A Film Review of 'We Might As Well Be Dead' from the Leeds International Film Festival
The Leeds International Film Festival (LIFF) was a high for many of our members last semester. Joe went along and caught the screening of We Might As Well Be Dead and has treated us with a review to allow those who were not fortunate enough to attend to immerse themselves into the film, as if they were there.
Written by Joe Rogers
We Might As Well Be Dead is a German social satire film, and Natalia Sinelnikova’s feature debut. It is set inside an unimaginably tall and expansive apartment block, offering sanctuary from an unseen horror in an outside world which can be assumed to be in ruins. We open on a family carrying their child through a cold, unforgiving forest, all inexplicably wearing formal suits. As they reach a break in the forest we see over the horizon a brutalist apartment block - though it looks anything but inviting, we can tell from the family’s demeanour that this is their last hope.
The majority of the film follows Anna, who works in some sort of security position at the apartment block, with our first exposure to the character showing her performing a rigorous check on the family we are introduced to in the opening. Our initial view of her is as a professional who works hard to keep the apartment running. However, once we see inside her apartment, we see a different side, an anxious woman who desperately wants to fit in and be seen as a member of the community. This anxiety is exacerbated by the fact that her daughter has locked herself in the bathroom, believing she has the “evil eye” and will not leave. As the film progresses, problems arise throughout the community, leading to a building sense of distrust. Anna is put in a position where she must do all that she can to find out who is behind the problems, whilst maintaining a facade of normalcy so that no blame or suspicion falls upon her.
Confining the film almost entirely inside the apartment block leads to some excellent claustrophobic and tense moments. The use of the setting is reminiscent of films such as John Carpenter’s The Thing, almost having the location act as a character itself. Another similarity this film has to The Thing is the use of distrust as a running theme throughout. WMAWBD draws on the inherent distrust between people as the source of much of its conflict. Anna is terrified of appearing to be out of the ordinary, and it is implied that many of the other residents are the same way. A thread of paranoia runs through the film. Whenever the opportunity arises to blame someone, the characters rush to take advantage, out of fear that they could be the next one ostracised if they don’t follow along with the group. The way this is framed in the movie is reminiscent of the persecution carried out by the Gestapo in Germany during the 1930s-40s. This parallel is no coincidence; the board of directors who decide who lives in the apartment block is opposed to Anna living there, she is a Jewish woman. The impact of this is even greater in the knowledge that Sinelnikova herself is also Jewish. It could be argued that this is the major thesis of the movie, acting as a statement on the ingrained biases of people, and how they can cause people to act like the very worst versions of themselves. On a wider scale, it makes the statement of how this distrust and lack of empathy can give way to fascism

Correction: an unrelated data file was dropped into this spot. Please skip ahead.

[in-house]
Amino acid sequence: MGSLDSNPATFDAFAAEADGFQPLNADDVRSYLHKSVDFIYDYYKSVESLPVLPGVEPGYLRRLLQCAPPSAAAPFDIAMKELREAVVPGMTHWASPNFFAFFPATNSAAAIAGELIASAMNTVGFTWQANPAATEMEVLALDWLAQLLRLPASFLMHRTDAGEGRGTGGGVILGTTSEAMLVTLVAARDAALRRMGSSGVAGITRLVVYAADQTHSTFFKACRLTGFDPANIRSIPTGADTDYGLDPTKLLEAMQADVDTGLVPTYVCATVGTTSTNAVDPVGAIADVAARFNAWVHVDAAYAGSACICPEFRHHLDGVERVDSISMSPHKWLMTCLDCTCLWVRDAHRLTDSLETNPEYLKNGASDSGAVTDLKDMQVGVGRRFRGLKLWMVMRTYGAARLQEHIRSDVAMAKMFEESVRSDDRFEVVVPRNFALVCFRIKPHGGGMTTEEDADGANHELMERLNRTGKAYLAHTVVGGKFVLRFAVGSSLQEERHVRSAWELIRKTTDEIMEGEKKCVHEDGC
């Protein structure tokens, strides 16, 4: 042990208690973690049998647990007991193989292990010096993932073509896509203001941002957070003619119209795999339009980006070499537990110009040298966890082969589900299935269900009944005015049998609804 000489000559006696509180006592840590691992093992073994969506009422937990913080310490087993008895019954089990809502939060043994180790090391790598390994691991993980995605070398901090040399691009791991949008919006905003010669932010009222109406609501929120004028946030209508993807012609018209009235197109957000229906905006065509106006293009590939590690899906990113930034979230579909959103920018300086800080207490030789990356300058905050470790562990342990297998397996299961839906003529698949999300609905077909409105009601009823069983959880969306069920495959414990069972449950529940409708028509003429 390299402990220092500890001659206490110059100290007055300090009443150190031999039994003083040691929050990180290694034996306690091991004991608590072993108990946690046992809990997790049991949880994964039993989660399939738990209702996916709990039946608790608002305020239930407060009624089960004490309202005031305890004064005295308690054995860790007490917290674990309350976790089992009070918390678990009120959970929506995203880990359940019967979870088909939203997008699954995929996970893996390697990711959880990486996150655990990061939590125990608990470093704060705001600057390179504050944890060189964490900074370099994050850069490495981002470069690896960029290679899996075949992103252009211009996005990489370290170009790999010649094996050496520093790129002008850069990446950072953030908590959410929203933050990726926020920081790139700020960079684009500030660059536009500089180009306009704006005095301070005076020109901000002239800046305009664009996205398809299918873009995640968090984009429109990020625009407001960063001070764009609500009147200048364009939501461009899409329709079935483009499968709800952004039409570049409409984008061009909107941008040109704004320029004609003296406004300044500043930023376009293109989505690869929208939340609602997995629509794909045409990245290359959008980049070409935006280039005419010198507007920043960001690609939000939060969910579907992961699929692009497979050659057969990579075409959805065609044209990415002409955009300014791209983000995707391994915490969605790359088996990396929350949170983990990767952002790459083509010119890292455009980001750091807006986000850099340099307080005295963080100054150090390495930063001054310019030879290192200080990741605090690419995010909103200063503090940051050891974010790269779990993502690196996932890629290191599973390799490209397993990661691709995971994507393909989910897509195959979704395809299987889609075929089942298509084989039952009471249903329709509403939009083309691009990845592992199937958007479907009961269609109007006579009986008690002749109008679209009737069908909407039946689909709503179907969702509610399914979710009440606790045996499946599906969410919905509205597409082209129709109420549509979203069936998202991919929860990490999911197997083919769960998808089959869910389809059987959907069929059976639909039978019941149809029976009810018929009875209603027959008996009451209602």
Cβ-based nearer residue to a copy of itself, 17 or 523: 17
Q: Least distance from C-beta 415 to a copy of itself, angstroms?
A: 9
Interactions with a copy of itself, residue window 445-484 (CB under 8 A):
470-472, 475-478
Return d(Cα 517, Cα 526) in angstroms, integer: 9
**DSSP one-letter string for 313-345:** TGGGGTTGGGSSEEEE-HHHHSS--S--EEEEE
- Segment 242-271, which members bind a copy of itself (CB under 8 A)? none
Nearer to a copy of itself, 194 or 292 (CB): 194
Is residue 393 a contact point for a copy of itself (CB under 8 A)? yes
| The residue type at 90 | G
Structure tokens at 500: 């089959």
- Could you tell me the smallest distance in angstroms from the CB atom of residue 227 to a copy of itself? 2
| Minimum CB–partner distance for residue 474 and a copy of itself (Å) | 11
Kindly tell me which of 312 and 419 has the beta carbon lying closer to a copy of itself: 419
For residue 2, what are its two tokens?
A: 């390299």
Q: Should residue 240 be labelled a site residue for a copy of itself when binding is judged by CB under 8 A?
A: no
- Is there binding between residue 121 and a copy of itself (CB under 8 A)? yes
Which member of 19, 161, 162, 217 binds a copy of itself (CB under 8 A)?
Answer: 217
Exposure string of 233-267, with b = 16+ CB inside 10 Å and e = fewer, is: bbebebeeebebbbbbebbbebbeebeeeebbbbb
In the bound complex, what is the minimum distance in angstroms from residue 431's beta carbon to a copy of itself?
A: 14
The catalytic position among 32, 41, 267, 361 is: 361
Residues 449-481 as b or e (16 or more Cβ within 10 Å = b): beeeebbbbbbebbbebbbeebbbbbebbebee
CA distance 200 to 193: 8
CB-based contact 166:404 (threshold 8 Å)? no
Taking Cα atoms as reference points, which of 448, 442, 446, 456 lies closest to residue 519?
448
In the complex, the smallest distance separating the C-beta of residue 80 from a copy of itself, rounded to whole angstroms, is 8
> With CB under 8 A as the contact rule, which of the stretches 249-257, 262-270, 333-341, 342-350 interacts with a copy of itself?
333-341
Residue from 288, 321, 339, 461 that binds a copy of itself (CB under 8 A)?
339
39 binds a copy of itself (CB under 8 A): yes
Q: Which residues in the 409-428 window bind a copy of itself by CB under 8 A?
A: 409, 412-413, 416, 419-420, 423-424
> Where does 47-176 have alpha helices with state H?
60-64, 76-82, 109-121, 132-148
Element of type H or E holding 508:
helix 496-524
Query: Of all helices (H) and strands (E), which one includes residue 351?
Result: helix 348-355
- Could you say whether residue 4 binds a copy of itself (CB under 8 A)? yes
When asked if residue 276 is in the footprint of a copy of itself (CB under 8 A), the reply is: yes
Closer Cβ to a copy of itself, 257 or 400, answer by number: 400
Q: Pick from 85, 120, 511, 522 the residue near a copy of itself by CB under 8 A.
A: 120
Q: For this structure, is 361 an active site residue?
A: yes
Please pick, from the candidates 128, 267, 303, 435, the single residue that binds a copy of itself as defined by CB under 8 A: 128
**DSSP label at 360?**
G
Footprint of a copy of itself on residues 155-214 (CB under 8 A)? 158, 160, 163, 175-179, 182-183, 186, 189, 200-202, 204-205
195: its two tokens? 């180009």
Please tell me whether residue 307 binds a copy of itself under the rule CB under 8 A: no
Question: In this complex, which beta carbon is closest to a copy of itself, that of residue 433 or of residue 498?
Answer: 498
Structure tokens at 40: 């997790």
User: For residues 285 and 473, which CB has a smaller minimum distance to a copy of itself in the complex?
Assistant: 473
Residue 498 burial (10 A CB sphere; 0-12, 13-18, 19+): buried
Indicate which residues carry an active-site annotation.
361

Though it deals with serious subject matter, much of the film is very darkly comedic. Though there is a throughline of tension throughout, many scenes play the absurdity solely for laughs. The film takes a while to settle on a tone, with some points feeling like a mystery, some like a pure comedy and some like a thriller. The comedy style is reminiscent of classic British comedy, with very dry and cynical humour. The tone is somewhat inconsistent, which is not a huge issue, as the humour is not light enough to undercut the tension. However, some scenes would be more effective were humour not mixed in.
The cinematography and set design in this film are absolutely amazing, every visual aspect of the film is realised perfectly. This is complemented by the score, which adds tremendously to the atmosphere. It all comes together to produce a strikingly odd and uncomfortable feeling film. Many of the shots used are innovative and intriguing, making the most of the set of the apartment block.
We Might As Well Be Dead was a very impressive film. Despite some underdeveloped characters and uneven tone, it is a very admirable directorial debut for Sinelnikova. As well as just being a delightful film to watch, the themes were impressively woven throughout, making a biting statement on how people’s biases and distrust, combined with the self-righteousness of believing that someone is a danger, or a problem can give way to fascism. I hope that this film is a success, so we can continue to see what unique ideas Sinelnikova can bring to the big screen in her future works.
My Rating: 3.5/5